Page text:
Barcelona’s managerial situation has fluctuated so drastically and so frequently over recent days, that it is only possible to analyse the current permanence in the position as being arrived at through luck rather than judgement.
Ernesto Valverde - who should have gone last summer - was retained this season. His last in the dugout, so it was said. There was reportedly a verbal agreement in place with current Netherlands boss Ronald Koeman - a former Barca defender, who famously netted the winning goal in the 1992 European Cup final - to succeed Valverde at the season’s end. There was even a clause in Koeman’s contract, specifically in relation to an approach from the Catalan giants coming after this summer’s tournament.
However, last week’s Spanish Supercopa defeat against Atletico Madrid signaled the end for Valverde. “Everyone knows it is here (in Saudi Arabia) for the money,” Valverde confessed ahead of the tournament. Nobody predicted that the reformatted and expanded tournament would bring his downfall.
Barca’s failure to agree a mutual termination with Valverde last summer ensured that if signs emerged of prolonged issues this season, he would be in serious bother.
The first Blaugrana boss to be dismissed during a season since Louis Van Gaal in 2003.
That decision was made with the club 20 points adrift of Real Sociedad, in a season where they eventually finished sixth.
This time, the Catalan club were top - albeit on goal difference from Real Madrid - with Valverde winning the league title in each of his seasons in charge. But domestic success alone was not enough.
Without a refined style, without a long-term vision and prioritising pragmatism ahead of dogmatism meant Valverde was never the answer at the Camp Nou.
The club turned to former captain Xavi Hernandez, in charge of Al Sadd in Qatar. But Xavi is an untested coach, who has a long-term distrust of the club’s board and who would be taking over mid-season. He did not expect an approach, and Barca did not expect his rejection.
They turned back to Koeman, who is said to have pointed to his own situation and ruled out a move before summer. Mauricio Pochettino is also rumoured to have been approached. The man who has previously insisted he would never join Barcelona due to his affinity to their city rivals Espanyol, who he previously managed.
Introducing Quique Setien
Quique Setien was not the club’s first choice, but he may be the appointment who makes most sense. A true coaching disciple of Johan Cruyff, the visionary who defined the modern style of play at Barcelona.
In 2016, he tweeted: "I felt that football could be played better, but I didn't see it until Johan taught us." In this sense, Setien provides the tonic of purity and idealism that was absent from Valverde’s approach.
There were glorious successes over his two seasons at Real Betis. A famous 5-3 win at city rivals Sevilla was placed alongside two victories at Real Madrid, a convincing triumph in Milan during the Europa League and, more pertinently, a pulsating 4-3 triumph at Barcelona - the only league match that the hosts have lost at the Camp Nou since September 2016.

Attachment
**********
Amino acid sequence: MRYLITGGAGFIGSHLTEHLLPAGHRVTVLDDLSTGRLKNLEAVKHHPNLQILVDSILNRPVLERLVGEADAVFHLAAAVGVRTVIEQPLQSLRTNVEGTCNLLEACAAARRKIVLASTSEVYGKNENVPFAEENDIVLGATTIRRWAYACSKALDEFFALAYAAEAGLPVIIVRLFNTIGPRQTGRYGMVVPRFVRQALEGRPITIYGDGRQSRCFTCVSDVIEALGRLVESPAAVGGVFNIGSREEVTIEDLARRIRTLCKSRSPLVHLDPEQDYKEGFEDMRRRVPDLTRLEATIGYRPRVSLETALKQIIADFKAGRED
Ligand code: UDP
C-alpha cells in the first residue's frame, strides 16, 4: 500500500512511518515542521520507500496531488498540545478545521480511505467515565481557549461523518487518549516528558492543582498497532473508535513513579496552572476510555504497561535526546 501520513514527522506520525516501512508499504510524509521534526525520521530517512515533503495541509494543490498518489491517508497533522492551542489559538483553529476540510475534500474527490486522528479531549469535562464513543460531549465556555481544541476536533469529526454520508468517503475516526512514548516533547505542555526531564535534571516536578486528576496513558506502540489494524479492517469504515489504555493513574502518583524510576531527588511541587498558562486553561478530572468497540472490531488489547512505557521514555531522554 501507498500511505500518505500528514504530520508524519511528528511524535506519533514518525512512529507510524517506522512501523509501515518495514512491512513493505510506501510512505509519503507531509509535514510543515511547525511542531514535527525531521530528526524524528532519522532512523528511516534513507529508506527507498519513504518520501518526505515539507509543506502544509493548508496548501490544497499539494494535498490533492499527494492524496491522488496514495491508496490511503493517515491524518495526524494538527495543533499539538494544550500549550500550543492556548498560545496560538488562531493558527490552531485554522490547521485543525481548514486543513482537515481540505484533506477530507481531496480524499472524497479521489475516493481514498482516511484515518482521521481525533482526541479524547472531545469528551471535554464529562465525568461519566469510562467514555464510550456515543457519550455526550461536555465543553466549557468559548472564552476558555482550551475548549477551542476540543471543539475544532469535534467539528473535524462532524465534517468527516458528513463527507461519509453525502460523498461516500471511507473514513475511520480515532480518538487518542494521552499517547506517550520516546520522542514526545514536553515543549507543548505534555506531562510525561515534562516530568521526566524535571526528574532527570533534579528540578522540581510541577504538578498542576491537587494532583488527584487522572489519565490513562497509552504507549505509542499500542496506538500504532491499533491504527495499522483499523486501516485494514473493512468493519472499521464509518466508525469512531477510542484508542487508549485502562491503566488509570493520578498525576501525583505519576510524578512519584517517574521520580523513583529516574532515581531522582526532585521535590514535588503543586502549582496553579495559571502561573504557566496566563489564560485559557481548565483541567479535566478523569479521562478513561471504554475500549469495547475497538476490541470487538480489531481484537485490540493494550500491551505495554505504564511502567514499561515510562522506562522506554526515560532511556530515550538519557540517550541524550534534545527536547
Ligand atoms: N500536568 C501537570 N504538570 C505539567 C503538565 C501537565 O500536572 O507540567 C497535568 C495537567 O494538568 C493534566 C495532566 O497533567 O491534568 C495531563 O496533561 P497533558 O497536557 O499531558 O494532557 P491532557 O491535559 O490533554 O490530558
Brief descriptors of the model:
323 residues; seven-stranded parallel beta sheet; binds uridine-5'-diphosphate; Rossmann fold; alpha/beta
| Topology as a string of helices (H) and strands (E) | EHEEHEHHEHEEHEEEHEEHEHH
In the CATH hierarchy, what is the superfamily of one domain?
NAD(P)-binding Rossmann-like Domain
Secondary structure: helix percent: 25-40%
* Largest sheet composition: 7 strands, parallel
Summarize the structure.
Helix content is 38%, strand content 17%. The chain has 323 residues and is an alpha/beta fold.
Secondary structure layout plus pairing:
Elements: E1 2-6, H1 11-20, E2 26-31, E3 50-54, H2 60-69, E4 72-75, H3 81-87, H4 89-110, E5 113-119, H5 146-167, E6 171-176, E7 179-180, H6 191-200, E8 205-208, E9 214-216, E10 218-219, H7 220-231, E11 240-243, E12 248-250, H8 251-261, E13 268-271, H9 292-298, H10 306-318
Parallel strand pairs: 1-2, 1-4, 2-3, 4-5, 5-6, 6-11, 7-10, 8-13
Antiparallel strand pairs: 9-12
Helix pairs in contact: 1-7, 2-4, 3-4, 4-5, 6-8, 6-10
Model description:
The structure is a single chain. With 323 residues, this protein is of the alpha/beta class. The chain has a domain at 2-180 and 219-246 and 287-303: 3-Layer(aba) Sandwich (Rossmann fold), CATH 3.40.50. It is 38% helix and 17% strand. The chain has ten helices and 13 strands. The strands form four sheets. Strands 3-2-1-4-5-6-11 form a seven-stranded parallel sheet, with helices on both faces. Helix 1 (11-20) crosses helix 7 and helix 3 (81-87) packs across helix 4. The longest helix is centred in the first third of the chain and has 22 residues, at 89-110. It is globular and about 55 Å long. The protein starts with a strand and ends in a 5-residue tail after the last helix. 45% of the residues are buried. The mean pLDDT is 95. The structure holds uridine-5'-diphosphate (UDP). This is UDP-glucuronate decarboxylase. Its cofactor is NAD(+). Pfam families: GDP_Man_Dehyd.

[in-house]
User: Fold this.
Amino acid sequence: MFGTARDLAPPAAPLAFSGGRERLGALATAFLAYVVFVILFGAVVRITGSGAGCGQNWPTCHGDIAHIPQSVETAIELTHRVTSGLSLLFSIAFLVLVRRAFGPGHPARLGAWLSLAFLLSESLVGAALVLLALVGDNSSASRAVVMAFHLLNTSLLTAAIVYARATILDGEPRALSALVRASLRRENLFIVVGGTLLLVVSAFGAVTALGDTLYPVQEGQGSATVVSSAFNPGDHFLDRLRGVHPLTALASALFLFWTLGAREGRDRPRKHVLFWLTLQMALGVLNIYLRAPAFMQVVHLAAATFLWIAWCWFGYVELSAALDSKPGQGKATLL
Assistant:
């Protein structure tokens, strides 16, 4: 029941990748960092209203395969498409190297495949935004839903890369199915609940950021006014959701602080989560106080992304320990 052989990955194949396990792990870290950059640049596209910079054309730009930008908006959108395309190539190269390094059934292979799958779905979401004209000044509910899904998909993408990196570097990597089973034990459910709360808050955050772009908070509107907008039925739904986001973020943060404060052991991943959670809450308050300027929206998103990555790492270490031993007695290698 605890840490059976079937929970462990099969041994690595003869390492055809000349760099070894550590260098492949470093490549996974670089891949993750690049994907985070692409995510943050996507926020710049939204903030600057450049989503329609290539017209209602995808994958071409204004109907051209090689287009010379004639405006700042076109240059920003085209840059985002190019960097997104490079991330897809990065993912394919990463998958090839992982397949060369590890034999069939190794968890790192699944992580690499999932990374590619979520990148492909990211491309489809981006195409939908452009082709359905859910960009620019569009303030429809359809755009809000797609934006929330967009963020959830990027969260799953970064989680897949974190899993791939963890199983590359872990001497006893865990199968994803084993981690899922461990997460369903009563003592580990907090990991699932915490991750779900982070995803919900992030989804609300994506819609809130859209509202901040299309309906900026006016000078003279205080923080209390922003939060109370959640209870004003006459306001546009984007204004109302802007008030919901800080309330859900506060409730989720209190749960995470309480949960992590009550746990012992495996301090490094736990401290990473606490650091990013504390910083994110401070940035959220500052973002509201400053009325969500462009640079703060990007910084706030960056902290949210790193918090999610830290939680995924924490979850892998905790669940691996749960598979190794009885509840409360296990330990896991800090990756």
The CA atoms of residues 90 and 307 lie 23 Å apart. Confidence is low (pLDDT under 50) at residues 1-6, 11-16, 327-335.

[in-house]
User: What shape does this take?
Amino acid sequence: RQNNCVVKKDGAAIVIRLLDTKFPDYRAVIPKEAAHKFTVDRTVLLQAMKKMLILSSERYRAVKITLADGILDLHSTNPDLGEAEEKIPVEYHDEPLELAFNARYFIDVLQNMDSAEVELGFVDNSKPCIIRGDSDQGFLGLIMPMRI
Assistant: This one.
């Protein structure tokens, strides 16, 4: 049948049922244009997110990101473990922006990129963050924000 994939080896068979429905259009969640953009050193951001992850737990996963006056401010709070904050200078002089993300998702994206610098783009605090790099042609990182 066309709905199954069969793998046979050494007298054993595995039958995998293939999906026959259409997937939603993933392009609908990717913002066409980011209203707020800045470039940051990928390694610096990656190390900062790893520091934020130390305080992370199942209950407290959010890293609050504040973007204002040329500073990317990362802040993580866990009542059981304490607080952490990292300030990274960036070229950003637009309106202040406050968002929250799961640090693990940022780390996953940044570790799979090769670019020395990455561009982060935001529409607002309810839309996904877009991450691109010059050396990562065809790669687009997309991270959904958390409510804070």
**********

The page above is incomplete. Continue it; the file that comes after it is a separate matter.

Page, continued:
- Racing Santander Legend— The Sack Race (@thesackrace) January 13, 2020
- Professional beach footballer for Spain
- Beat Barcelona, Real Madrid and Atletico last season
- "High-risk" attacking football
- Loves Chess
Meet the new Barcelona boss and maverick manager, Quique Setien... 🇪🇸🏖♟
The highs were spectacular but the lows infuriating - regularly pulling off stunning victories but, particularly in his second season, a failure to reinvent his side in an attacking sense saw them regularly frustrated by more modest opponents. Betis regularly clocked up over 70% possession under his watch but struggled to create. It often appeared they took more risks in their own defensive third than in attack.
Perhaps, with more gifted players and a natural emphasis on attack, these problems will not play out. But the nature and scope of the Barcelona job is such that Setien will come under added scrutiny.
He often caused controversy in Seville; once suggesting that Marc Bartra ‘must have made mistakes’ to end up at this club, in comments that infuriated the Betis fanbase. Similarly, he regularly criticised opposing managers for setting up their teams negatively and insisting that his side were much superior - even when nullified by the opposition.
Setien does not do anything by half. He has principles which he commits to with unwavering loyalty.
Much is made of the fact he is a keen chess player, a strategist who always encourages his players to think before acting.
But this definition also downplays his ability to refresh a team and promote youth. Under no pressure, he promoted Betis B teamers such as Loren Moron, Junior Firpo and Fabian Ruiz, developing them into first-team staples.
He has shown degrees of tactical flexibility too - in the 2017/18 campaign, Betis went from goal-crazy entertainers in the first half of the season to a solid, functioning side from spring onwards - posting an Andalusian club record of six successive top-flight clean sheets. He showed a willingness to switch between 4-3-3 to 3-5-2, although - partly due to availability of players - this flexibility was not quite as clear the following campaign.
Setien was not Barcelona’s first choice, nor their second and probably not even their third.
But such a lack of joined-up thinking at boardroom level should not dismiss the fact that he should have been given greater prominence in their thinking. Winning underwhelmingly under Valverde was no longer enough. The fanbase was demanding more, but will they accept uncompromising Cruyff-ian principles if it means forfeiting their stranglehold on La Liga?
Whether it is through luck or judgement, that is the situation Barcelona find themselves in - a crunching gear change.